History of the Toothbrush – A Timeline
August 20th, 2021
Ancient peoples living in this era chewed on a stick to clean their teeth. They believed the best sticks to use were ones that came from aromatic trees as these sticks would clean the teeth AND freshen the breath.
1400s – 1500s
The first toothbrushes are made by Chinese. The bristles were made from the hair of hogs that lived in the cold temperatures of Siberia and Northern China. The hairs of these hogs were used as they were stiffer than those that grew on hogs that lived in warmer temperatures.
1600s – 1700s
French dentists are the first Europeans to promote the use of toothbrushes. At the end of the 1600s, modern-day tooth-brushing as a regular habit becomes prevalent in Europe.
William Addis of Clerkenwald, England, creates the first mass-produced toothbrush. He had been imprisoned for involvement in a riot and while in prison created a toothbrush. For the handle and brush head William Addis drilled small holes in a cattle bone. For the bristles, he used hair fibres from wild pigs. He tied the hairs in bunches and threaded them through the holes and then glued them in place.
American, H. N. Wadsworth is the first to patent the toothbrush. Like people before him he used animal bone and swine hair.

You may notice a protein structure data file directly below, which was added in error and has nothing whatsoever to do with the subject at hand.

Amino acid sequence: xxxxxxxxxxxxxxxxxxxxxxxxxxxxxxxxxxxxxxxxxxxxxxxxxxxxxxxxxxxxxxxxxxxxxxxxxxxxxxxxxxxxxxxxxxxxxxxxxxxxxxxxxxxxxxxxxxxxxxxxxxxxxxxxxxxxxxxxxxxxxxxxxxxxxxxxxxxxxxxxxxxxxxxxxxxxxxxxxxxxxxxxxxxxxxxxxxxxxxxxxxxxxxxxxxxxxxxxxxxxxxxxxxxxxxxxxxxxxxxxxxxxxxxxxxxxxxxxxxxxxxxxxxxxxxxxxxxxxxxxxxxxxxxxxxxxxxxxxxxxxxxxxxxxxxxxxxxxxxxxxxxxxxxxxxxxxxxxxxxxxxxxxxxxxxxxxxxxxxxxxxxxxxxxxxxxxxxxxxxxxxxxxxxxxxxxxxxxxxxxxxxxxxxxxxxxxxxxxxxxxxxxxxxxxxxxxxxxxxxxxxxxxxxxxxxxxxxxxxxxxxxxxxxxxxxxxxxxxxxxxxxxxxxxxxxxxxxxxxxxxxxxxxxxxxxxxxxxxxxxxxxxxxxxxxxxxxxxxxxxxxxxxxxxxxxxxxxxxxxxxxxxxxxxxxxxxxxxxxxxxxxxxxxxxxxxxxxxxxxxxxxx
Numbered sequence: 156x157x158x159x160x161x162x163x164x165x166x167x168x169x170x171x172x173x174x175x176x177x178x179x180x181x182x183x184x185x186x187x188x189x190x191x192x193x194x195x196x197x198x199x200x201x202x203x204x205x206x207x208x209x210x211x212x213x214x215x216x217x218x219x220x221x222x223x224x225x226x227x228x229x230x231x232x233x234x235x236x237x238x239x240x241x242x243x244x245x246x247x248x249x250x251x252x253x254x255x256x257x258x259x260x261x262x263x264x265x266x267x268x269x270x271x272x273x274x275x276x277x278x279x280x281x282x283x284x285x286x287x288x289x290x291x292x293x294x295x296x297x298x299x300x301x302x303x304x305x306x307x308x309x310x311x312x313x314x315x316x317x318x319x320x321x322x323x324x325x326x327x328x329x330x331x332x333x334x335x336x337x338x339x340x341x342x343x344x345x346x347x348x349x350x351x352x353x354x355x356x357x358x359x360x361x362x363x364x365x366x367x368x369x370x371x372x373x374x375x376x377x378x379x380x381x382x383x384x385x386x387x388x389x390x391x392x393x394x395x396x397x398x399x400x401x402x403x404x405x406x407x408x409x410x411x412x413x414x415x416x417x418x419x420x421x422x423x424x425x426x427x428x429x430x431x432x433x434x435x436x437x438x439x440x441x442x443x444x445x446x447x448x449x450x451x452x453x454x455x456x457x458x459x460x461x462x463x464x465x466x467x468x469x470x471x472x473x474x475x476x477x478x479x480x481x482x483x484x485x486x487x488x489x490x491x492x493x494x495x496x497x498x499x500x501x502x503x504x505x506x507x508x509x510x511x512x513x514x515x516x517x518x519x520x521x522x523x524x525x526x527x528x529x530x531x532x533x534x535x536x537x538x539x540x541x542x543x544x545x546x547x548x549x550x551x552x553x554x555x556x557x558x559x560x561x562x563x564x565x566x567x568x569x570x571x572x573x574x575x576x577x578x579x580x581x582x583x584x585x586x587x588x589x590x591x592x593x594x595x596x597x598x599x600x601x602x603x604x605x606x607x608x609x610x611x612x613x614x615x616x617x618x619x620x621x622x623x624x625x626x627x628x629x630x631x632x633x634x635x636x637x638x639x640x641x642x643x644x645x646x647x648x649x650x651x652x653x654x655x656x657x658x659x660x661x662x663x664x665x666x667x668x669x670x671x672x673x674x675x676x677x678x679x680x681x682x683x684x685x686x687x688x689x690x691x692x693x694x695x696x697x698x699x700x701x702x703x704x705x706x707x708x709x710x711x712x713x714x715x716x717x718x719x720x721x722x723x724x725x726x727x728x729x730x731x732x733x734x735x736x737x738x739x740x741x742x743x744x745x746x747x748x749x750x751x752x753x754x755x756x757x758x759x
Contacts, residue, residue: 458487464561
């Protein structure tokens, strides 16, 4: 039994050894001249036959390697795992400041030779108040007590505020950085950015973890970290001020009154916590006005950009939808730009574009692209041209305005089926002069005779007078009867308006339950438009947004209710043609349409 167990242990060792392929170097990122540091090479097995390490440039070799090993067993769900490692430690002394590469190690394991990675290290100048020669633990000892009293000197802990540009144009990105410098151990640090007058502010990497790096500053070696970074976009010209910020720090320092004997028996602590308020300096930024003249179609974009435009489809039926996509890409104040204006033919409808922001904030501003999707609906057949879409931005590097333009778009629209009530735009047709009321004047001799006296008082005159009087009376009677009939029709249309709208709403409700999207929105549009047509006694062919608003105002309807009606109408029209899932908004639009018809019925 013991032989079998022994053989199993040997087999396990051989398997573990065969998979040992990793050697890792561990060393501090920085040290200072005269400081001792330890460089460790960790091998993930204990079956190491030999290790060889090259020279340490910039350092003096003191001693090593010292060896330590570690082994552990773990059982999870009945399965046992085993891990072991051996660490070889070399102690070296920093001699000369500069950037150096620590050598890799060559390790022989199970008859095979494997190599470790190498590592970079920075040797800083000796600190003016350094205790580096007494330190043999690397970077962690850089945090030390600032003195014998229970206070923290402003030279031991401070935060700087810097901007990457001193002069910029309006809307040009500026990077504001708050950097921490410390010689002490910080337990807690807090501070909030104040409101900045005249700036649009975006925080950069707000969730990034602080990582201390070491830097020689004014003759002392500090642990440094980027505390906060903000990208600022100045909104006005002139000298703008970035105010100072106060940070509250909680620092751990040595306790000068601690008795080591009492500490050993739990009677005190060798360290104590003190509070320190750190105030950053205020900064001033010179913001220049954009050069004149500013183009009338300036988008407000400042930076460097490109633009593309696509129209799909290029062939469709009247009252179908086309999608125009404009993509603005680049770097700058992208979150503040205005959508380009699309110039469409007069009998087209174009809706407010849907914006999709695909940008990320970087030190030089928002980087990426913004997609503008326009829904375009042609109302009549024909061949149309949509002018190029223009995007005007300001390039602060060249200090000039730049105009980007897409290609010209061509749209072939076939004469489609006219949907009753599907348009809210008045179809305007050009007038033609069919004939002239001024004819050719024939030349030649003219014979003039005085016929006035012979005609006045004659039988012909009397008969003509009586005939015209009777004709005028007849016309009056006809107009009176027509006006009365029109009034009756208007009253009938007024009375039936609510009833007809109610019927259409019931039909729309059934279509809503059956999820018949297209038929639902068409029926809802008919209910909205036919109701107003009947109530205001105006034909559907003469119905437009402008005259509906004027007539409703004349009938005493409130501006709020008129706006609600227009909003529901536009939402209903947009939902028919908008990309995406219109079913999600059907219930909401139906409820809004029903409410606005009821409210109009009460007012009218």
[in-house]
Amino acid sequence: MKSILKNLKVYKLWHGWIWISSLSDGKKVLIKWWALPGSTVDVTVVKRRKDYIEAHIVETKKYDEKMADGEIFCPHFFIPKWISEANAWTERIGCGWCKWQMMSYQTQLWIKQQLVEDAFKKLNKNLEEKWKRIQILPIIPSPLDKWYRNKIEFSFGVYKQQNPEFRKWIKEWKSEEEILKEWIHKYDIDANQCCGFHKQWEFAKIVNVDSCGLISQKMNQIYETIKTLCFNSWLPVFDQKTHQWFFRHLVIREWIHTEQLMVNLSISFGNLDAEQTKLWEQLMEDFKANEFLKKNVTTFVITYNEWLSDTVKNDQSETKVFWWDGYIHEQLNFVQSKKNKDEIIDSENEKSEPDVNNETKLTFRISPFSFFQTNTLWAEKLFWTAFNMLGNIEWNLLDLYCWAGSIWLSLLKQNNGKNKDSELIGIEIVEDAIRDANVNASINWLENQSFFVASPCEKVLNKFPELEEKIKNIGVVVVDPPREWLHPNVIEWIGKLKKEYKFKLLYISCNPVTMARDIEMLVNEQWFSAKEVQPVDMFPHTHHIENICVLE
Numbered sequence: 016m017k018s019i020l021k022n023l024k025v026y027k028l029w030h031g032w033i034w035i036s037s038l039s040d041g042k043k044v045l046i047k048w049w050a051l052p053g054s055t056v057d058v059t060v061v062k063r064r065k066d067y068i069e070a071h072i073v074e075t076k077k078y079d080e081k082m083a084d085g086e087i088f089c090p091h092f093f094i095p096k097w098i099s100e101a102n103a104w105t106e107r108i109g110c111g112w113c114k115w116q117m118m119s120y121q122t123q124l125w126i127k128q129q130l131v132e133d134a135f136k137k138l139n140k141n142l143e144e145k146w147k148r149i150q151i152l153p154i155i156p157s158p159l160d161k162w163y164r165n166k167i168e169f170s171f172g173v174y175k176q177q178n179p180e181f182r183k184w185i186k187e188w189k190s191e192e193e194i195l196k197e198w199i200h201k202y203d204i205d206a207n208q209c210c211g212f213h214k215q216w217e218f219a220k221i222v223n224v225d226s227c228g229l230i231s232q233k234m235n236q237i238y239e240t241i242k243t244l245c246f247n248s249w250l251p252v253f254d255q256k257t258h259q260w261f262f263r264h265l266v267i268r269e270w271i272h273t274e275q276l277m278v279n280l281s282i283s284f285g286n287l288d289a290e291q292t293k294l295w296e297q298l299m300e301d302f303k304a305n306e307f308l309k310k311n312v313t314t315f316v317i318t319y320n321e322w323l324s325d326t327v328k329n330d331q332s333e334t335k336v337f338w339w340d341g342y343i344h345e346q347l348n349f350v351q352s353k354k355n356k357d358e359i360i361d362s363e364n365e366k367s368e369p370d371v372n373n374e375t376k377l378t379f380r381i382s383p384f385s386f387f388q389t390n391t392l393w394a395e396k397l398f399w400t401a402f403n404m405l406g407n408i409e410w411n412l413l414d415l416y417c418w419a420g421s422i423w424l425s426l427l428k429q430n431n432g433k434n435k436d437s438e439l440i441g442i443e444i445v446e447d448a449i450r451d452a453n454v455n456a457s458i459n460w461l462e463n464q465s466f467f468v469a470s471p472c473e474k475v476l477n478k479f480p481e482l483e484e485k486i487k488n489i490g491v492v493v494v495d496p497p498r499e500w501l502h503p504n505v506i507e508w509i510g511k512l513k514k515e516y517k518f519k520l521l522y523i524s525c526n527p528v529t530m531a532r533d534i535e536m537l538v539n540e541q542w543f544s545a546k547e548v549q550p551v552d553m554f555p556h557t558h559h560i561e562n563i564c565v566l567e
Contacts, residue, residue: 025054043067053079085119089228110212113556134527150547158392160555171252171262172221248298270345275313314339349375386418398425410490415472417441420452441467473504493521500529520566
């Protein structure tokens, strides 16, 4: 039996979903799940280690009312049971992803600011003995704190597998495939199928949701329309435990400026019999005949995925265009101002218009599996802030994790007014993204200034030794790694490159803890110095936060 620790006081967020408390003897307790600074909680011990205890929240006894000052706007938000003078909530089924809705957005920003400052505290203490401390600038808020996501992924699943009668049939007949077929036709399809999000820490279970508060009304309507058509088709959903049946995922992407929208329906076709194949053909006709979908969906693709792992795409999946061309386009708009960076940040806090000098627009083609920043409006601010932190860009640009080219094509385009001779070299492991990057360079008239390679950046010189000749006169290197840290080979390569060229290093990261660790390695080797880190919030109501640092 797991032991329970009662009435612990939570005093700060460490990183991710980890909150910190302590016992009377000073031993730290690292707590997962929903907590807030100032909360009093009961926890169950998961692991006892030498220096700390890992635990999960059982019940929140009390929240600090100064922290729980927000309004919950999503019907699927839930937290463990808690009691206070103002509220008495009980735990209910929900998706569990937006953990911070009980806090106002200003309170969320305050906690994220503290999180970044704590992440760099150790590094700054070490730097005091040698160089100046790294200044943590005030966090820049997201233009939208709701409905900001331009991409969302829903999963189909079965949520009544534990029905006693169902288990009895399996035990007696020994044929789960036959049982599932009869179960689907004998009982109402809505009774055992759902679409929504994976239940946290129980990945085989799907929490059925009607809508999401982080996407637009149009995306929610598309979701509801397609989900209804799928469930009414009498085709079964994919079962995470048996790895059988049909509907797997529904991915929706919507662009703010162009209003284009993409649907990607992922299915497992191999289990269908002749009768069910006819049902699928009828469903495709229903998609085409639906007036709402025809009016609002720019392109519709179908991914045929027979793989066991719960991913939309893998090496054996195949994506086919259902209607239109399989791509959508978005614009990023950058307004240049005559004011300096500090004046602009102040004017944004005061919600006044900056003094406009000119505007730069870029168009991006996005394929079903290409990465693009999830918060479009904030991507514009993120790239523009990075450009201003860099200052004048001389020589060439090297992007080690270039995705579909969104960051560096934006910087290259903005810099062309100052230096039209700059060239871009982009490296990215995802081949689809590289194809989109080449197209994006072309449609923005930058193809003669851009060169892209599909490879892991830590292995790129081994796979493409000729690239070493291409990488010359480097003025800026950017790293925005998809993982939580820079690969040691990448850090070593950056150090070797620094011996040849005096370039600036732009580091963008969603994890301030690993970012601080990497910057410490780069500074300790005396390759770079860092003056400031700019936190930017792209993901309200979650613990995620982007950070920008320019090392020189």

American Companies begin to mass-produce toothbrushes.
The nylon toothbrush – the first with synthetic bristles – is introduced. People preferred these bristles as they were softer and more hygienic than animal hair bristles.
The first electric toothbrush is invented in Switzerland.
Although Europeans began brushing their teeth daily way back in the late 1600s, people in the Untied States did not engage in tooth brushing until the 1940’s! This is when American soldiers began returning from World War II bringing their habit of tooth brushing home with them. The practice soon spread among the general population and the nylon toothbrush becomes very popular.
Electric toothbrushes are made available for sale.
The first rotary head electric toothbrush is sold.
An annual survey of teens and adults reveals the toothbrush is the number one invention they cannot live without – far surpassing the cell phone, computer and car!
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Posted in Dental Care